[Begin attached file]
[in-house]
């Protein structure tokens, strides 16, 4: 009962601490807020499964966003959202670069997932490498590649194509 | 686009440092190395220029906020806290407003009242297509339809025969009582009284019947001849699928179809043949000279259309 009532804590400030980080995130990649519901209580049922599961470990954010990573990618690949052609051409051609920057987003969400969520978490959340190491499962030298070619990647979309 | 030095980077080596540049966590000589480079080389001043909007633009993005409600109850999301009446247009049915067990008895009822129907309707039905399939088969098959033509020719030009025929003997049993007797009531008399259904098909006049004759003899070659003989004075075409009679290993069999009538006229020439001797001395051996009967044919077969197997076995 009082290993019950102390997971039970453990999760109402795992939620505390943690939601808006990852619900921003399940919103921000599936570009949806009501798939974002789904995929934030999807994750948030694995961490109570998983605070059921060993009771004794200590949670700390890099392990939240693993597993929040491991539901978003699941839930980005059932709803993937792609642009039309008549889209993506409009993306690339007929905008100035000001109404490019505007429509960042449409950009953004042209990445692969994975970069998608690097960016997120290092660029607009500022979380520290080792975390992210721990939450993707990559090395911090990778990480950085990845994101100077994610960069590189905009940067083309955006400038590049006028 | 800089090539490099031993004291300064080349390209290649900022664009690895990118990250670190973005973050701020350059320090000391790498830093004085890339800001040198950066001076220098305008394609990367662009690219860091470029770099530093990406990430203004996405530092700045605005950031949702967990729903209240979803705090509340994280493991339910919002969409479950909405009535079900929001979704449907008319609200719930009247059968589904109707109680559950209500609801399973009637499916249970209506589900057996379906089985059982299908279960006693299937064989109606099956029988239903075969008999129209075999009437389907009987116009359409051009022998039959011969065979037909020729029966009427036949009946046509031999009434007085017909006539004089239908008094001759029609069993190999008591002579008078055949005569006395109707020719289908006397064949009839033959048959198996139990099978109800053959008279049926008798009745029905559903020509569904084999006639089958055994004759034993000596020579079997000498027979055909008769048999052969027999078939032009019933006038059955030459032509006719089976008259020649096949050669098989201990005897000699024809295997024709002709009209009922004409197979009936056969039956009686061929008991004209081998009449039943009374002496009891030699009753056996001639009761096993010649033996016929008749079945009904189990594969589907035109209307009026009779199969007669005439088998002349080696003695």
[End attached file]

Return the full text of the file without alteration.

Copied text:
[in-house]
């Protein structure tokens, strides 16, 4: 009962601490807020499964966003959202670069997932490498590649194509 | 686009440092190395220029906020806290407003009242297509339809025969009582009284019947001849699928179809043949000279259309 009532804590400030980080995130990649519901209580049922599961470990954010990573990618690949052609051409051609920057987003969400969520978490959340190491499962030298070619990647979309 | 030095980077080596540049966590000589480079080389001043909007633009993005409600109850999301009446247009049915067990008895009822129907309707039905399939088969098959033509020719030009025929003997049993007797009531008399259904098909006049004759003899070659003989004075075409009679290993069999009538006229020439001797001395051996009967044919077969197997076995 009082290993019950102390997971039970453990999760109402795992939620505390943690939601808006990852619900921003399940919103921000599936570009949806009501798939974002789904995929934030999807994750948030694995961490109570998983605070059921060993009771004794200590949670700390890099392990939240693993597993929040491991539901978003699941839930980005059932709803993937792609642009039309008549889209993506409009993306690339007929905008100035000001109404490019505007429509960042449409950009953004042209990445692969994975970069998608690097960016997120290092660029607009500022979380520290080792975390992210721990939450993707990559090395911090990778990480950085990845994101100077994610960069590189905009940067083309955006400038590049006028 | 800089090539490099031993004291300064080349390209290649900022664009690895990118990250670190973005973050701020350059320090000391790498830093004085890339800001040198950066001076220098305008394609990367662009690219860091470029770099530093990406990430203004996405530092700045605005950031949702967990729903209240979803705090509340994280493991339910919002969409479950909405009535079900929001979704449907008319609200719930009247059968589904109707109680559950209500609801399973009637499916249970209506589900057996379906089985059982299908279960006693299937064989109606099956029988239903075969008999129209075999009437389907009987116009359409051009022998039959011969065979037909020729029966009427036949009946046509031999009434007085017909006539004089239908008094001759029609069993190999008591002579008078055949005569006395109707020719289908006397064949009839033959048959198996139990099978109800053959008279049926008798009745029905559903020509569904084999006639089958055994004759034993000596020579079997000498027979055909008769048999052969027999078939032009019933006038059955030459032509006719089976008259020649096949050669098989201990005897000699024809295997024709002709009209009922004409197979009936056969039956009686061929008991004209081998009449039943009374002496009891030699009753056996001639009761096993010649033996016929008749079945009904189990594969589907035109209307009026009779199969007669005439088998002349080696003695």